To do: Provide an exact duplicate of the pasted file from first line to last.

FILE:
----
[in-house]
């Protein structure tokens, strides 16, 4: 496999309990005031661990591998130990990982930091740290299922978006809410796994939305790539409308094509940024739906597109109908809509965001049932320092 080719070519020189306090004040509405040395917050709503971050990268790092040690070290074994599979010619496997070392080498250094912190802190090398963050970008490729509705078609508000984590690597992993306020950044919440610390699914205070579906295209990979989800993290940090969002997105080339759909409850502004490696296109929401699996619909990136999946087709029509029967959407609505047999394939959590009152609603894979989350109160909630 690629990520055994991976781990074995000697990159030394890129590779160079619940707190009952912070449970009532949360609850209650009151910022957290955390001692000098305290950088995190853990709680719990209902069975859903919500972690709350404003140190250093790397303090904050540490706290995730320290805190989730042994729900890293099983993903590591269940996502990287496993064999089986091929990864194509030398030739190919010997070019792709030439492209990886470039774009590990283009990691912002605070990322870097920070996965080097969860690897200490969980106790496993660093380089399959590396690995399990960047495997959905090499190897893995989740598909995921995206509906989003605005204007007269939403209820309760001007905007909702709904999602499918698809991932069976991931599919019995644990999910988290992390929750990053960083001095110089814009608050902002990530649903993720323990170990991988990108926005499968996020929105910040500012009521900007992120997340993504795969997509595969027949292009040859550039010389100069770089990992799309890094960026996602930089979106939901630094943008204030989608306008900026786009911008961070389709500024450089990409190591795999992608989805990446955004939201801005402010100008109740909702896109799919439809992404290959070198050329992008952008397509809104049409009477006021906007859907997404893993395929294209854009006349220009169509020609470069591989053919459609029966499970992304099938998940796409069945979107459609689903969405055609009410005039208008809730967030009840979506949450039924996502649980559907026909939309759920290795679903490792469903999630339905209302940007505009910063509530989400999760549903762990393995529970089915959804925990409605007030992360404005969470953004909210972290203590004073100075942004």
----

[in-house]
């Protein structure tokens, strides 16, 4: 496999309990005031661990591998130990990982930091740290299922978006809410796994939305790539409308094509940024739906597109109908809509965001049932320092 080719070519020189306090004040509405040395917050709503971050990268790092040690070290074994599979010619496997070392080498250094912190802190090398963050970008490729509705078609508000984590690597992993306020950044919440610390699914205070579906295209990979989800993290940090969002997105080339759909409850502004490696296109929401699996619909990136999946087709029509029967959407609505047999394939959590009152609603894979989350109160909630 690629990520055994991976781990074995000697990159030394890129590779160079619940707190009952912070449970009532949360609850209650009151910022957290955390001692000098305290950088995190853990709680719990209902069975859903919500972690709350404003140190250093790397303090904050540490706290995730320290805190989730042994729900890293099983993903590591269940996502990287496993064999089986091929990864194509030398030739190919010997070019792709030439492209990886470039774009590990283009990691912002605070990322870097920070996965080097969860690897200490969980106790496993660093380089399959590396690995399990960047495997959905090499190897893995989740598909995921995206509906989003605005204007007269939403209820309760001007905007909702709904999602499918698809991932069976991931599919019995644990999910988290992390929750990053960083001095110089814009608050902002990530649903993720323990170990991988990108926005499968996020929105910040500012009521900007992120997340993504795969997509595969027949292009040859550039010389100069770089990992799309890094960026996602930089979106939901630094943008204030989608306008900026786009911008961070389709500024450089990409190591795999992608989805990446955004939201801005402010100008109740909702896109799919439809992404290959070198050329992008952008397509809104049409009477006021906007859907997404893993395929294209854009006349220009169509020609470069591989053919459609029966499970992304099938998940796409069945979107459609689903969405055609009410005039208008809730967030009840979506949450039924996502649980559907026909939309759920290795679903490792469903999630339905209302940007505009910063509530989400999760549903762990393995529970089915959804925990409605007030992360404005969470953004909210972290203590004073100075942004």